settlement   the security's settlement date

     coupon       the security's annual coupon rate

   2.2 All we know for sure is that the third parameter of ACCRINT is of
type DateParam and that it may marke some sort of settlement date when funds
change hands, or interest determination ends, or ...

   2.2 We also know that the fourth parameter is a positive, non-zero number
that is a "coupon rate" (and in this case it is definitely a fixed,
non-compounded annual interest rate).

But really, all we know is that settlement (in italics) is the third
parameter and it is a date representation.  To know what is going on, we
need to know how the date influences the ACCRINT result.  And we haven't
been told that.  We also need to know how the coupon rate and the frequency
are used together in determining a single regulary interest/coupon payment.
There are a number of things like this that we could be told and know
exactly how to understand what the ACCRINT result is.  (The hardest of all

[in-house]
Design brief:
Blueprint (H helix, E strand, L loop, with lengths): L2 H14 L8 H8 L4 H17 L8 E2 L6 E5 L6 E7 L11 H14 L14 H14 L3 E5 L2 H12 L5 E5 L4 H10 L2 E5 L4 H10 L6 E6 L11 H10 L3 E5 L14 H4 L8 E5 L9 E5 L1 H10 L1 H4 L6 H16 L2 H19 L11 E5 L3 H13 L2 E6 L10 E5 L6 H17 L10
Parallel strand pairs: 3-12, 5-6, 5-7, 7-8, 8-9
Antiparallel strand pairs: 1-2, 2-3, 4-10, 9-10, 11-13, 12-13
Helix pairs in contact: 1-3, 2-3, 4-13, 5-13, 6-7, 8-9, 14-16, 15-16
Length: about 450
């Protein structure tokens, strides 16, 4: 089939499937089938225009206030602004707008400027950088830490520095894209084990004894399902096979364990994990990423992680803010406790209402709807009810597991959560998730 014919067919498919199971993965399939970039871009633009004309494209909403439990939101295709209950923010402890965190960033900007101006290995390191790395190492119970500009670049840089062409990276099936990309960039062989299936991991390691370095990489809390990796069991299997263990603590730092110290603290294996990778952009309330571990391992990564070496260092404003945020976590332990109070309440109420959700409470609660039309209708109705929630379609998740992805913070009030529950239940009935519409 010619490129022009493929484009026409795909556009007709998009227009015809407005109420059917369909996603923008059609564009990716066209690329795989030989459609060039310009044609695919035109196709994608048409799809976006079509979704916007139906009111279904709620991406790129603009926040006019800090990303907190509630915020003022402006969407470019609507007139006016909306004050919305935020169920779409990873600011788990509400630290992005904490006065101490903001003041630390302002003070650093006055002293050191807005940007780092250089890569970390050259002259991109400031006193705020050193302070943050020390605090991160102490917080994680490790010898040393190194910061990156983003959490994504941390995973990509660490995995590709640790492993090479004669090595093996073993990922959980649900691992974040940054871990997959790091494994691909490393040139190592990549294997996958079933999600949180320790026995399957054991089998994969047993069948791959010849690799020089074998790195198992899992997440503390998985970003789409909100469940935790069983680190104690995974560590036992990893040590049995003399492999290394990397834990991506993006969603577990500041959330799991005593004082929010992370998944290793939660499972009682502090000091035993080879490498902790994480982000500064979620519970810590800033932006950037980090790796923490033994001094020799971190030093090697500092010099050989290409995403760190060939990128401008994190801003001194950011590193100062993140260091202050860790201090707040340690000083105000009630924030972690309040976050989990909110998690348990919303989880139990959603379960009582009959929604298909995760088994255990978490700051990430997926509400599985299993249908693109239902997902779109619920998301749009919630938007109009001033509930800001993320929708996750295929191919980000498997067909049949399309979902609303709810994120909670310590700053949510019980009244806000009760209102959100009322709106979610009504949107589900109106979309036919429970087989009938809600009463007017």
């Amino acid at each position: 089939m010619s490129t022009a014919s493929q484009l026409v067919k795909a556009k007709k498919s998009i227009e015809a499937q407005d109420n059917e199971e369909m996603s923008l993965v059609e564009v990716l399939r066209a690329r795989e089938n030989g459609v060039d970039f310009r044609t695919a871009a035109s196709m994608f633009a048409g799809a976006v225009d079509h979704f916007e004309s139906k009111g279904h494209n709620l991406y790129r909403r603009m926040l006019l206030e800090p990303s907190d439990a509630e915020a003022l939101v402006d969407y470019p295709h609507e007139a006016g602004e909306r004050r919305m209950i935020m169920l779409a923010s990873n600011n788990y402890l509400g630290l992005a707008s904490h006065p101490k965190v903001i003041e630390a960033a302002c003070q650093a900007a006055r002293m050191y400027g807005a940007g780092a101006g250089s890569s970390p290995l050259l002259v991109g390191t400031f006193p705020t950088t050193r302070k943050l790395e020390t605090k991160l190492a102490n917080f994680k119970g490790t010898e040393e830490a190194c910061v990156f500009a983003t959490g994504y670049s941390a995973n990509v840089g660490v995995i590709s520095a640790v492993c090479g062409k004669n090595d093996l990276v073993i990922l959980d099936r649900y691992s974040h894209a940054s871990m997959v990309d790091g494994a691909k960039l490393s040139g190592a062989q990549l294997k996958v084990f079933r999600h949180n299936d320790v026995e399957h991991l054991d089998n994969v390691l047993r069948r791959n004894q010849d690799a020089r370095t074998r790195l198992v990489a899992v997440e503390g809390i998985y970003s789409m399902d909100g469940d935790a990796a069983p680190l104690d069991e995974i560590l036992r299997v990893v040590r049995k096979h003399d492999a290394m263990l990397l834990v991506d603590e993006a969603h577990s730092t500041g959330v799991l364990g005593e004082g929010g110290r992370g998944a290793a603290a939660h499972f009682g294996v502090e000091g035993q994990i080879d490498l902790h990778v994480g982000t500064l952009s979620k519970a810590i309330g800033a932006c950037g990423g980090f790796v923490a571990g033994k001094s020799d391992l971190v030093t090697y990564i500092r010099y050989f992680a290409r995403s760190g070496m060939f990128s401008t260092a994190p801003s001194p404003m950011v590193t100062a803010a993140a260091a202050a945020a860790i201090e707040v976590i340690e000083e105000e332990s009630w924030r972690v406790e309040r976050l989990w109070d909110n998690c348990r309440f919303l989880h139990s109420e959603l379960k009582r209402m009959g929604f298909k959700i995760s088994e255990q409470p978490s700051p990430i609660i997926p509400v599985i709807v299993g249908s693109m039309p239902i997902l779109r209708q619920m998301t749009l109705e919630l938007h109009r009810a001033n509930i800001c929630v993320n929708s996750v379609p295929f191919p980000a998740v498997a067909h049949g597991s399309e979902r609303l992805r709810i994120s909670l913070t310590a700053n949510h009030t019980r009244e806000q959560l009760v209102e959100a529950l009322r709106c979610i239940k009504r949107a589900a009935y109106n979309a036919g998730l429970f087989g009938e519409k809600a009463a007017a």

is perhaps to understand how the day-count basis influences the result.)


   3.1 ACCRINTM is probably the simplest function there is in this category.
I am going to describe it in a different way to show how to (1) remove it
from a specific application and (2) give more precision to the parameters.  

   *** IMPORTANT: This description doesn't change how ACCRINTM is
implemented or used correctly in practice.  It doesn't change at all what
the ACCRINTM function is.  The changes are all descriptive in terms of how
the result is determined from the parameters, whatever they are called.
I've simply uses the simplest terms that fit what the function is and made
it easier to tie that to the semantics for the function.


Summary: the accrued simple interest that is earned at the end of a defined
calendar interval

Syntax: ACCRINTM(DateParam startDate; DateParm endDate; 
                 Number rate; Currency principal 
                 [; Basis basis=0] )

Returns: Currency value of the accrued interest at the end of the interval